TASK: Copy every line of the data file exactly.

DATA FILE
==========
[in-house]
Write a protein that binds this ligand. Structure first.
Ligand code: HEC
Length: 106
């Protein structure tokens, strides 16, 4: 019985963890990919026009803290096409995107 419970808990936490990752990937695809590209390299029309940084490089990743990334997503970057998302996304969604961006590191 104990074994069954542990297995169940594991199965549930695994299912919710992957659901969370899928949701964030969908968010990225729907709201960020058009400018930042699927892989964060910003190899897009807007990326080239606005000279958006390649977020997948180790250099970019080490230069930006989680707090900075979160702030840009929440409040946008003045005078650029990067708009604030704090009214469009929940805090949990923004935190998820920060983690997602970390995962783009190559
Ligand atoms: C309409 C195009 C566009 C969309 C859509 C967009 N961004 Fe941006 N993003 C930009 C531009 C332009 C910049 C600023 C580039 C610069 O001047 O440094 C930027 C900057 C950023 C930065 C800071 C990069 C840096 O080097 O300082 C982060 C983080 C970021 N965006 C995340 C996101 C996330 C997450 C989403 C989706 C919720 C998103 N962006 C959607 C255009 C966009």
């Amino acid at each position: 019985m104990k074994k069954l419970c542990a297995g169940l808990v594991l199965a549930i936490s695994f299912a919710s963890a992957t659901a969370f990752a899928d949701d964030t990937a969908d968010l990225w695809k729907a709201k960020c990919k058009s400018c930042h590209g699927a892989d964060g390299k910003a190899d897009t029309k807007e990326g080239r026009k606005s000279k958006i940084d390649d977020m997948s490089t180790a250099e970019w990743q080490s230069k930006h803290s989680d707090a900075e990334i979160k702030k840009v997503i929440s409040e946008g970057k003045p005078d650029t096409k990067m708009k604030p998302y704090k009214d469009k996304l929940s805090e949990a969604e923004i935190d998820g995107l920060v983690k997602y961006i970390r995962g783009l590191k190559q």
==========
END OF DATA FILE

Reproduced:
[in-house]
Write a protein that binds this ligand. Structure first.
Ligand code: HEC
Length: 106
């Protein structure tokens, strides 16, 4: 019985963890990919026009803290096409995107 419970808990936490990752990937695809590209390299029309940084490089990743990334997503970057998302996304969604961006590191 104990074994069954542990297995169940594991199965549930695994299912919710992957659901969370899928949701964030969908968010990225729907709201960020058009400018930042699927892989964060910003190899897009807007990326080239606005000279958006390649977020997948180790250099970019080490230069930006989680707090900075979160702030840009929440409040946008003045005078650029990067708009604030704090009214469009929940805090949990923004935190998820920060983690997602970390995962783009190559
Ligand atoms: C309409 C195009 C566009 C969309 C859509 C967009 N961004 Fe941006 N993003 C930009 C531009 C332009 C910049 C600023 C580039 C610069 O001047 O440094 C930027 C900057 C950023 C930065 C800071 C990069 C840096 O080097 O300082 C982060 C983080 C970021 N965006 C995340 C996101 C996330 C997450 C989403 C989706 C919720 C998103 N962006 C959607 C255009 C966009």
């Amino acid at each position: 019985m104990k074994k069954l419970c542990a297995g169940l808990v594991l199965a549930i936490s695994f299912a919710s963890a992957t659901a969370f990752a899928d949701d964030t990937a969908d968010l990225w695809k729907a709201k960020c990919k058009s400018c930042h590209g699927a892989d964060g390299k910003a190899d897009t029309k807007e990326g080239r026009k606005s000279k958006i940084d390649d977020m997948s490089t180790a250099e970019w990743q080490s230069k930006h803290s989680d707090a900075e990334i979160k702030k840009v997503i929440s409040e946008g970057k003045p005078d650029t096409k990067m708009k604030p998302y704090k009214d469009k996304l929940s805090e949990a969604e923004i935190d998820g995107l920060v983690k997602y961006i970390r995962g783009l590191k190559q």